By: Kate Beattie


Supreme Court weighs in on patient’s best interests and the meaning of futility

3 November 2013 by

Surgeons-007Aintree University Hospitals NHS Foundation Trust (Respondent) v James (Appellant) [2013] UKSC 67 – Read judgment / press summary

The Supreme Court has given judgment in the first case to come before it under the Mental Capacity Act 2005.  The sole judgment was given by Lady Hale (Deputy President of the Court), with whom Lord Neuberger, Lord Clarke, Lord Carnwath and Lord Hughes.

The case concerned best interests decisions in the case of a patient lacking capacity.  The patient, David James, had been admitted to hospital in May 2012 aged around 68 because of a problem with a stoma he had had fitted in 2001 during successful treatment for cancer of the colon. The problem was soon solved but he acquired an infection which was complicated by the development of chronic obstructive pulmonary disease, an acute kidney injury and persistent low blood pressure.  He was admitted to the critical care unit and placed on a ventilator.

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New anti-bribery measures become law

12 April 2010 by

The Bribery Bill received Royal Assent on 8 April 2010, heralding a new approach to tackling corruption and seeking to make the UK compliant with the OECD Anti-Bribery Convention.

Anti-corruption body Transparency International welcomed the new law, describing it as historic, long overdue and sending out a strong message that the UK will not tolerate bribery. It is hoped that the new legislation will encourage ethical practices in the business world.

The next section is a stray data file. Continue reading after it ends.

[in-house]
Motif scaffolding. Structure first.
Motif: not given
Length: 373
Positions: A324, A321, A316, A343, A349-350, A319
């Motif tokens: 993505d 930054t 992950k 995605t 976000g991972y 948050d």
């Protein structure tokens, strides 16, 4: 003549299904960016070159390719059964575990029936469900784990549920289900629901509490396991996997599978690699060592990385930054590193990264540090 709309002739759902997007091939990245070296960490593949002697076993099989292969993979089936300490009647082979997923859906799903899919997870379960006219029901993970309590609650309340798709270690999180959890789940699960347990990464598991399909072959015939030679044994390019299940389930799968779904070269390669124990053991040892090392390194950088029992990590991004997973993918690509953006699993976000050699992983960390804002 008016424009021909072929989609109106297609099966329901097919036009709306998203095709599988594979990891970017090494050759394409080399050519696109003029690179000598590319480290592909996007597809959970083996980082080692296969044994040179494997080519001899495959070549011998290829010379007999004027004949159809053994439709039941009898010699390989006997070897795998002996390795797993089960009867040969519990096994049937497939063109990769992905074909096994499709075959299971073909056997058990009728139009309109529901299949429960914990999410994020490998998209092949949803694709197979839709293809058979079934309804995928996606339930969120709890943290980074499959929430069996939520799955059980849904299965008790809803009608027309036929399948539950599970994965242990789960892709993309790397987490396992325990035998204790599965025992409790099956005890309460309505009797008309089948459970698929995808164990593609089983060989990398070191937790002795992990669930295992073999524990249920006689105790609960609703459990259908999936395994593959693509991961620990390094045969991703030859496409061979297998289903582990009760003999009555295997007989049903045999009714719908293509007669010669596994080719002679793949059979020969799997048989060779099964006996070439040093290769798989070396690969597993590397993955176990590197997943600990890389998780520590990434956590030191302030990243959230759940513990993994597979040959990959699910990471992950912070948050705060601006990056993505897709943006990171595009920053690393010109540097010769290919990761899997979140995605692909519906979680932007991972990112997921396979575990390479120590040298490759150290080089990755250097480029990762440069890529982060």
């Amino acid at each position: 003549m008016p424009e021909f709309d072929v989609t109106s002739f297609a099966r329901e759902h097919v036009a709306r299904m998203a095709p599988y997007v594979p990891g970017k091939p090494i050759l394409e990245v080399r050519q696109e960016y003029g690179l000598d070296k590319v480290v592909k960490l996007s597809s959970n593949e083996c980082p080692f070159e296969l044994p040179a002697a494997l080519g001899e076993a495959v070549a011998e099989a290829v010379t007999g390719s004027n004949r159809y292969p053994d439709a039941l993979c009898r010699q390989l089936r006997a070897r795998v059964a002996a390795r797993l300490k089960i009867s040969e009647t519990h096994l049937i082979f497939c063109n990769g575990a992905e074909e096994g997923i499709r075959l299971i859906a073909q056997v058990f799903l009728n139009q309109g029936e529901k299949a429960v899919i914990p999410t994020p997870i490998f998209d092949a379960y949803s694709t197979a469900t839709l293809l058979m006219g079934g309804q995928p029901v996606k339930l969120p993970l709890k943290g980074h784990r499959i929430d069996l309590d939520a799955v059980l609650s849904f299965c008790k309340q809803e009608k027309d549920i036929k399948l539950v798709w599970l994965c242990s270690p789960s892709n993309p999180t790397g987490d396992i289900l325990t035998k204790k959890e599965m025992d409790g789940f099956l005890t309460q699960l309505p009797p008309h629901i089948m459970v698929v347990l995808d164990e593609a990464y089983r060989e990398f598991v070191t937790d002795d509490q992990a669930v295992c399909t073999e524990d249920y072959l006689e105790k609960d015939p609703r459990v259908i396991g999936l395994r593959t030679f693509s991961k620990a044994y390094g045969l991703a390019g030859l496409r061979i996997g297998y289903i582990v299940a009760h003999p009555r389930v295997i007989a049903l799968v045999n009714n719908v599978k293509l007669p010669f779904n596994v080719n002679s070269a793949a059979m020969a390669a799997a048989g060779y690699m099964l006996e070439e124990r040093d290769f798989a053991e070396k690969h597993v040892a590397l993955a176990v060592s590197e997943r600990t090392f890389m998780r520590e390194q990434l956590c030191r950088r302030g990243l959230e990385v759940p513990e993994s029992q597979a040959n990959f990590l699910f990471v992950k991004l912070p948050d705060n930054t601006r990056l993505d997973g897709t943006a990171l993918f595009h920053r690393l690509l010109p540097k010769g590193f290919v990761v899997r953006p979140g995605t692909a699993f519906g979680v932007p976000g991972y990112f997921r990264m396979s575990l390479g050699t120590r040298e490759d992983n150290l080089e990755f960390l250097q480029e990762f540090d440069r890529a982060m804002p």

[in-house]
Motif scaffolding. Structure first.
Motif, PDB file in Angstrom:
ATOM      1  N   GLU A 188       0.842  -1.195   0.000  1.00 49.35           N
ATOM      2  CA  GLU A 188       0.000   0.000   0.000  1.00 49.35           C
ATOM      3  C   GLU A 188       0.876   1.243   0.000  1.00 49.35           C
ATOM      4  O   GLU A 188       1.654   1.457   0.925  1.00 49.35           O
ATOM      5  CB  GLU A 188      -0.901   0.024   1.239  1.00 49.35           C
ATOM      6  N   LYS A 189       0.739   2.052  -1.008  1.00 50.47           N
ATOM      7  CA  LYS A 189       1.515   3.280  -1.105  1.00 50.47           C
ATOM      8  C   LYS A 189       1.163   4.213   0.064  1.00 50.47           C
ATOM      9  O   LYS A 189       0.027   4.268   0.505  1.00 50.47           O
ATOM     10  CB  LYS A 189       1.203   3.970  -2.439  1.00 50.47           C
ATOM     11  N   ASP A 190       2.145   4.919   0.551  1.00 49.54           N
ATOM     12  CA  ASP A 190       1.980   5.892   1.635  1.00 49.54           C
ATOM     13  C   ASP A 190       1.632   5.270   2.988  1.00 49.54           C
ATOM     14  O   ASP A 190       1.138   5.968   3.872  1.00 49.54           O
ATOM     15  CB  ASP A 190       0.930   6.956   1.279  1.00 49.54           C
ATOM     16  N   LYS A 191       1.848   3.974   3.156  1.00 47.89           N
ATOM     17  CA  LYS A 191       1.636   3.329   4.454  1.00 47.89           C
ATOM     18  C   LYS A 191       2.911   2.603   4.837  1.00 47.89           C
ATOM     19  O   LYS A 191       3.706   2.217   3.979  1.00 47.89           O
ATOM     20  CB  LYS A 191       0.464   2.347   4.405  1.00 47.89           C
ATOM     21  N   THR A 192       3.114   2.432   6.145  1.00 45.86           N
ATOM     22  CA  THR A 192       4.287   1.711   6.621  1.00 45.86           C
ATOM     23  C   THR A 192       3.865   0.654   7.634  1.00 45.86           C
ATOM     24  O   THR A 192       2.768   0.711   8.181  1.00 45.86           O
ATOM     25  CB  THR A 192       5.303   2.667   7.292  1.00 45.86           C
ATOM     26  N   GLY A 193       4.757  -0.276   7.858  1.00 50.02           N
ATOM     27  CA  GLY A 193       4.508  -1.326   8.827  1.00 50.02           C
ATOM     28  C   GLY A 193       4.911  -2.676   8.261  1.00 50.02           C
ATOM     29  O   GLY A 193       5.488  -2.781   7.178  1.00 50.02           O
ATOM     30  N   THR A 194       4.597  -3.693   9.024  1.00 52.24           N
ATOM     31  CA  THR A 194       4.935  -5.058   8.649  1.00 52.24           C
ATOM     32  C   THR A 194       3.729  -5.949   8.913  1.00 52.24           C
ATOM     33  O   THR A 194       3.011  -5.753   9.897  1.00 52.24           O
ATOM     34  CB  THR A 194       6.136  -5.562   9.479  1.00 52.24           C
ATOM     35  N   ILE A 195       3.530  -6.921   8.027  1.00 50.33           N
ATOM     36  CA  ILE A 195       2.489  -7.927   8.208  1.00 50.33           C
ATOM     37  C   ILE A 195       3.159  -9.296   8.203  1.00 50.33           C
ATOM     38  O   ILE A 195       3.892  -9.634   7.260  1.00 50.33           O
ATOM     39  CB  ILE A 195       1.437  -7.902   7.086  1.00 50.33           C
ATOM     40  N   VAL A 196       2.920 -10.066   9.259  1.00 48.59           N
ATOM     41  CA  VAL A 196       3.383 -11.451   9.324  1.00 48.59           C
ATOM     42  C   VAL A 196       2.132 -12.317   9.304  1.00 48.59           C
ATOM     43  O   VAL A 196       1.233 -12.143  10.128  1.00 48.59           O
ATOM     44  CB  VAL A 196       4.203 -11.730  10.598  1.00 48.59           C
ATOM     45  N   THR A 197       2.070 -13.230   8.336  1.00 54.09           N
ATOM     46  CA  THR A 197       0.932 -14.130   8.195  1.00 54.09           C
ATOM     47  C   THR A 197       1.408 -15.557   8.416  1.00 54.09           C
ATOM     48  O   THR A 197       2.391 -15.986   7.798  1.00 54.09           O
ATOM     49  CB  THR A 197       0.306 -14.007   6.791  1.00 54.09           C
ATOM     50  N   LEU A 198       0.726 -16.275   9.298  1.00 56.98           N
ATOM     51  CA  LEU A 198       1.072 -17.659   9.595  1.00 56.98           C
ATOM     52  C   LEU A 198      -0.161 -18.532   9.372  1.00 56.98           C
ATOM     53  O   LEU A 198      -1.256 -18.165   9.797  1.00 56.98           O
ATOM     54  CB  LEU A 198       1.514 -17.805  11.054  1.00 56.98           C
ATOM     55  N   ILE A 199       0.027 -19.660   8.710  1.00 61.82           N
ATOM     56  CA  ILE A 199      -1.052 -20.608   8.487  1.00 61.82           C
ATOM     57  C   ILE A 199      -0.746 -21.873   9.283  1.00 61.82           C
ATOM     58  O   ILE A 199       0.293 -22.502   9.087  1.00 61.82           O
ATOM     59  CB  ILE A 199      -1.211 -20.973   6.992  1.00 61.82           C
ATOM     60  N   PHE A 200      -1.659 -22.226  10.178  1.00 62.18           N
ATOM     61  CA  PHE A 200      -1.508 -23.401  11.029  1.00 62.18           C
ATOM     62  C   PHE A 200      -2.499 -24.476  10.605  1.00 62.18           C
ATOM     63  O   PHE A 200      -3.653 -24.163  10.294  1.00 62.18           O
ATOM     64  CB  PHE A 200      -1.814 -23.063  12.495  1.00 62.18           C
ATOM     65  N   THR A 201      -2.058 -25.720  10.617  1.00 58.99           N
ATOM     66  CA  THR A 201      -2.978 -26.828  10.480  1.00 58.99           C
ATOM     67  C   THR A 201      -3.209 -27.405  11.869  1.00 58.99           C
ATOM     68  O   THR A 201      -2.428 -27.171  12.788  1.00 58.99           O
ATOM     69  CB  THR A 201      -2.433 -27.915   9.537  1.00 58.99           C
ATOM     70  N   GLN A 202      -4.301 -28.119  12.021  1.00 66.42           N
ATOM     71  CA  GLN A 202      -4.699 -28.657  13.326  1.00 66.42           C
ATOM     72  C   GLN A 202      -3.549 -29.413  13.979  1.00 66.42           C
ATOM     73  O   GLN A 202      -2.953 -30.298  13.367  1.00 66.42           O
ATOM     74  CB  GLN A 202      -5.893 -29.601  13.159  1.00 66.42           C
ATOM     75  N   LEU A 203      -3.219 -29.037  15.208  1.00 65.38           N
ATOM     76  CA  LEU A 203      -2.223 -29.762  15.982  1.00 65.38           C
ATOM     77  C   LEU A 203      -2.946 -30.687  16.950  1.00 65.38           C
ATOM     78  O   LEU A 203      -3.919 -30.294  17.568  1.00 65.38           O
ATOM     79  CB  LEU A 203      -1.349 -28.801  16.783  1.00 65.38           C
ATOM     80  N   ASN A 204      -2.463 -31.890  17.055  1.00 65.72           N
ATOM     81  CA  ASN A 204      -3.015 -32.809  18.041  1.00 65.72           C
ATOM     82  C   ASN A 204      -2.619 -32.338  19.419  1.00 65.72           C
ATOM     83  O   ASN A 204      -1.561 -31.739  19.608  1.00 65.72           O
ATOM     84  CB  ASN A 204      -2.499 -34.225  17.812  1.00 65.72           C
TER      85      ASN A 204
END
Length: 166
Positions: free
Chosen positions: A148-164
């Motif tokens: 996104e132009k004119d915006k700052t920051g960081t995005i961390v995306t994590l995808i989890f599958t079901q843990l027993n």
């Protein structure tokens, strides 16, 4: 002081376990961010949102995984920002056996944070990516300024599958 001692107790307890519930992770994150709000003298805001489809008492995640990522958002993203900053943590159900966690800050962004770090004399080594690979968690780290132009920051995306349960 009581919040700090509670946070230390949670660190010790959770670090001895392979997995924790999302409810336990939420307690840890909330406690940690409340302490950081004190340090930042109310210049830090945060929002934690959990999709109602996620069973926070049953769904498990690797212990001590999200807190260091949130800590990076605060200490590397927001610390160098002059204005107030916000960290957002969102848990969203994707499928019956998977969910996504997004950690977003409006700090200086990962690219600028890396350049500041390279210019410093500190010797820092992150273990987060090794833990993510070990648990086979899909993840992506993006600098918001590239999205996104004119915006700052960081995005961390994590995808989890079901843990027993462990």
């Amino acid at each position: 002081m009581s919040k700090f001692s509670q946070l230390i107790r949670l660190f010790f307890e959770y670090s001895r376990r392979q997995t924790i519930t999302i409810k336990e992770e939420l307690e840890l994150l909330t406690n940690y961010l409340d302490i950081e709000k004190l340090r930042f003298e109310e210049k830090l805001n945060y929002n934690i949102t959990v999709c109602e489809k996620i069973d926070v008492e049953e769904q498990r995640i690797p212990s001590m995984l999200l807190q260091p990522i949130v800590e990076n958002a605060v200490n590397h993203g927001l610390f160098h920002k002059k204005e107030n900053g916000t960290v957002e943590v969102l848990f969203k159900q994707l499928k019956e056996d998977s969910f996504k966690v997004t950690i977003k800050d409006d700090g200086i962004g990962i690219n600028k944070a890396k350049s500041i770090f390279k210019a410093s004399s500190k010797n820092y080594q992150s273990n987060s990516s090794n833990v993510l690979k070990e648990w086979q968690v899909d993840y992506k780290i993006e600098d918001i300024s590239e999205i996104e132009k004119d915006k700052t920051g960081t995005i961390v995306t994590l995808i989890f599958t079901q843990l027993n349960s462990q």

The connection between corrupt business practices and breaches of human rights has long been recognised. In their comment on the draft Bribery Bill, The Corner House said:

“most large-scale bribery is committed for the benefit and on behalf of businesses and that bribery often infringes upon a wide range of human rights, both directly and indirectly. As such, a commercial organisation’s negligent failure to prevent bribery should remain a criminal offence.”

Meanwhile, the Campaign Against Arms Trade and The Corner House are not pursuing an appeal for permission for judicial review of the Serious Fraud Office’s decision to enter a plea bargain settlement with BAE Systems and to drop “conspiracy to corrupt” charges against a BAE former agent. The organisations say that the action has been withdrawn with regret as a recent admission by the SFO makes it difficult to sustain any legal challenge.

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Prisoners still disenfranchised

12 April 2010 by

Prisoners will be unable to vote in the general election despite the European Court of Human Rights ruling almost five years ago that the blanket ban was unlawful.

The House of Lords discussed the issue in the small hours of 7 April 2010 when Lord Ramsbotham, former Chief Inspector of Prisons, tabled an amendment to the Constitutional Reform and Governance Bill which would have removed the ban.

Lord Ramsbotham lamented that the Government was “frightened of offending reactionary public opinion by appearing not to be tough on criminals” and “determined to prevaricate for as long as possible, going to absurd lengths, such as suggesting that prisoners had lost the moral authority to vote.”

The Government insists that it is still considering the responses to its second stage consultation, despite it closing over six months ago.

The Parliamentary Joint Committee on Human Rights has also expressed serious concern, noting that the Government risks not only political embarrassment at the Council of Europe, but will be in breach of its international obligation to secure the full enjoyment of Convention rights for everyone within its jurisdiction.

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